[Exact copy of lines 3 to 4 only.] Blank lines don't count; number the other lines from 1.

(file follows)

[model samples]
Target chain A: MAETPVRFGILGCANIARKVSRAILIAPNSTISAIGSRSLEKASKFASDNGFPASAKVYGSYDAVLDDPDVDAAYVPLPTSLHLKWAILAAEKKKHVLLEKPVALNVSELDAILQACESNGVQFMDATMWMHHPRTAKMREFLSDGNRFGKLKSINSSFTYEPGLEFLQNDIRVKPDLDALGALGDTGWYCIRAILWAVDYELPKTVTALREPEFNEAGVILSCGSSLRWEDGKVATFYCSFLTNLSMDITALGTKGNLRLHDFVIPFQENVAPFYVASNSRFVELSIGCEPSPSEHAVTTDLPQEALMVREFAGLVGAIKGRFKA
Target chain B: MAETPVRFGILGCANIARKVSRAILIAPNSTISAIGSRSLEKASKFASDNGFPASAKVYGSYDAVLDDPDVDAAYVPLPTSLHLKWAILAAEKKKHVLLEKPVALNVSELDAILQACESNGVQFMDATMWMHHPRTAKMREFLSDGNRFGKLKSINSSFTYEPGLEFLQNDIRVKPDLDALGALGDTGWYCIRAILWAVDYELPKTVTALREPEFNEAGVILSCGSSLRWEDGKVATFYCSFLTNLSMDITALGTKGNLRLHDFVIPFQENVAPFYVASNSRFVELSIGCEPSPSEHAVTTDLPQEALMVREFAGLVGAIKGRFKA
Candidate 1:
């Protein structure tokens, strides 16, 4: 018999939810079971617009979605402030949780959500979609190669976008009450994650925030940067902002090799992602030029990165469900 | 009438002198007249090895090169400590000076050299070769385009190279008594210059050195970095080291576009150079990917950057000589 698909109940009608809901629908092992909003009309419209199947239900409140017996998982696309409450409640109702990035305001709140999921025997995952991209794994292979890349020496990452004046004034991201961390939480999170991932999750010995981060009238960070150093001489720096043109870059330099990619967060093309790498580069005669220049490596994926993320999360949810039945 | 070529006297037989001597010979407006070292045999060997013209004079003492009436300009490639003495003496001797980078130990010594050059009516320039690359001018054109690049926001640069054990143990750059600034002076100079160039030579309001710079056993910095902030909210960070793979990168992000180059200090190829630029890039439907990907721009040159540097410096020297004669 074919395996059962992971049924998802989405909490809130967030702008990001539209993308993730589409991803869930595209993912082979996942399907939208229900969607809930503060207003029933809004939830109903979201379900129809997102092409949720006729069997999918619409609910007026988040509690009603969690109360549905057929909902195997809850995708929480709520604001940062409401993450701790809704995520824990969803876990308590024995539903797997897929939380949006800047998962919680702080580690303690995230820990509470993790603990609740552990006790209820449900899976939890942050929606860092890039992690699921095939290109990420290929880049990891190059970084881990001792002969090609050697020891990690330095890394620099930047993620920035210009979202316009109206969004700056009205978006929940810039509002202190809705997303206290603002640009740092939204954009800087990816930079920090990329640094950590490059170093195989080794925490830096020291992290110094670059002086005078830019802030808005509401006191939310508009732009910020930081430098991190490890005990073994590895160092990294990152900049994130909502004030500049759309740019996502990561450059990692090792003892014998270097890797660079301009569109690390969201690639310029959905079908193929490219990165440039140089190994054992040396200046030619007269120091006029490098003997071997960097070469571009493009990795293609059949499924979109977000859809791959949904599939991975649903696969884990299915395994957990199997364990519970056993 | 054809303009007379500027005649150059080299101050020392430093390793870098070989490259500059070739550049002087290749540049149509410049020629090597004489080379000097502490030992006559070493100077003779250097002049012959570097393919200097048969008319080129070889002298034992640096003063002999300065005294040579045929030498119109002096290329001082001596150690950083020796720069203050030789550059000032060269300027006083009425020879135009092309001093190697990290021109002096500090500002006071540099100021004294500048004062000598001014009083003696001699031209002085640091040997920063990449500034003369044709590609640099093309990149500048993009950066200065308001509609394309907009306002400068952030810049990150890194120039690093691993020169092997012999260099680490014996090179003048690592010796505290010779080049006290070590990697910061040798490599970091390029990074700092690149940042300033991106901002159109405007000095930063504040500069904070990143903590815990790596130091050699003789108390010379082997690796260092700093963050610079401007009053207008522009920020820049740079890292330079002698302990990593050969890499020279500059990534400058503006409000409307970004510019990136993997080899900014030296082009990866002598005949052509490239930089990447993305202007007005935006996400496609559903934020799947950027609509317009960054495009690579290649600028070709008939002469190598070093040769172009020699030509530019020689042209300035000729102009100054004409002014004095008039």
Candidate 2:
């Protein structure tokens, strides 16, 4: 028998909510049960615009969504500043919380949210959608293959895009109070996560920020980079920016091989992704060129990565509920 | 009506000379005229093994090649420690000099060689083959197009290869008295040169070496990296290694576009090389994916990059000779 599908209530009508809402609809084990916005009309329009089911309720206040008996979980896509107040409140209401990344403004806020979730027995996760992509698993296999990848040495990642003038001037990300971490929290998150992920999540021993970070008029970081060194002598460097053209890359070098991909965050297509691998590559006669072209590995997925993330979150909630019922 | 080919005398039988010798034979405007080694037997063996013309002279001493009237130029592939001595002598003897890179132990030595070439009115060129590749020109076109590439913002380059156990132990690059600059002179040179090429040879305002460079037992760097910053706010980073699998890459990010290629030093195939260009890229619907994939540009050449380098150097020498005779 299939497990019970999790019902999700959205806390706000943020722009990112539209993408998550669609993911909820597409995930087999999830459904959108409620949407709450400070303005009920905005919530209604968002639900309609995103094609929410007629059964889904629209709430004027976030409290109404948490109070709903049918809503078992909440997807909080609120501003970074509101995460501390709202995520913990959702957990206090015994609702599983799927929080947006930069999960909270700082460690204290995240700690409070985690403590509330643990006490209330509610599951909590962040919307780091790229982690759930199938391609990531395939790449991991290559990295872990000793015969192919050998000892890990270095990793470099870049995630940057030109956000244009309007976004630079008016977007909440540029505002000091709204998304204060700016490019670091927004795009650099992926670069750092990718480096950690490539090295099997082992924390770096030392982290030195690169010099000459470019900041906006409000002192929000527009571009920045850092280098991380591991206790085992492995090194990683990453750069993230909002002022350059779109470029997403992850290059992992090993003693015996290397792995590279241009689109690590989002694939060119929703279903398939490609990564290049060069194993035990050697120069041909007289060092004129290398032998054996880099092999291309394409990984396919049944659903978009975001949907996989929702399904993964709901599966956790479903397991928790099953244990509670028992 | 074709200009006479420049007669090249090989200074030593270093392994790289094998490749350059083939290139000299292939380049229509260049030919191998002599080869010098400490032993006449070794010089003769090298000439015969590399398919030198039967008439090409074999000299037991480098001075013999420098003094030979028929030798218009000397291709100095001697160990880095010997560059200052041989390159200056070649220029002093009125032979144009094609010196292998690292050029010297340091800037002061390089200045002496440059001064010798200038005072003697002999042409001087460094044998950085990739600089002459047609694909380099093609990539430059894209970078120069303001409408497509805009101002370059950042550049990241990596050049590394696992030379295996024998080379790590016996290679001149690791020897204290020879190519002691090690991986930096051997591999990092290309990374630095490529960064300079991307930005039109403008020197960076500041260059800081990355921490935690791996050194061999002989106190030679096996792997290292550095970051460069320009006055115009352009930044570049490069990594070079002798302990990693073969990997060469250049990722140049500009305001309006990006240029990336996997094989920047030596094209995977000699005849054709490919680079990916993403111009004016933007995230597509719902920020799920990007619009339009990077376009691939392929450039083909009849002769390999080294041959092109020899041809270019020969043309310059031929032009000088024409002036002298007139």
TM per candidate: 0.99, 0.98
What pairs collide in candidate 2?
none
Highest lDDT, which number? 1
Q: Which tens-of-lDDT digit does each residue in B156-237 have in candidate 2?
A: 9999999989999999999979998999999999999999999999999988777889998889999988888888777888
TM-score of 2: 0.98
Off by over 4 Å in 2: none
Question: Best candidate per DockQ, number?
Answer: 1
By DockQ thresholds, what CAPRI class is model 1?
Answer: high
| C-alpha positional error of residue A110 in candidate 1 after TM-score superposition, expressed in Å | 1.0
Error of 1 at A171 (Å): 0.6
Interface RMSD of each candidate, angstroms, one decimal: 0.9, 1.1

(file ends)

Target chain B: MAETPVRFGILGCANIARKVSRAILIAPNSTISAIGSRSLEKASKFASDNGFPASAKVYGSYDAVLDDPDVDAAYVPLPTSLHLKWAILAAEKKKHVLLEKPVALNVSELDAILQACESNGVQFMDATMWMHHPRTAKMREFLSDGNRFGKLKSINSSFTYEPGLEFLQNDIRVKPDLDALGALGDTGWYCIRAILWAVDYELPKTVTALREPEFNEAGVILSCGSSLRWEDGKVATFYCSFLTNLSMDITALGTKGNLRLHDFVIPFQENVAPFYVASNSRFVELSIGCEPSPSEHAVTTDLPQEALMVREFAGLVGAIKGRFKA
Candidate 1: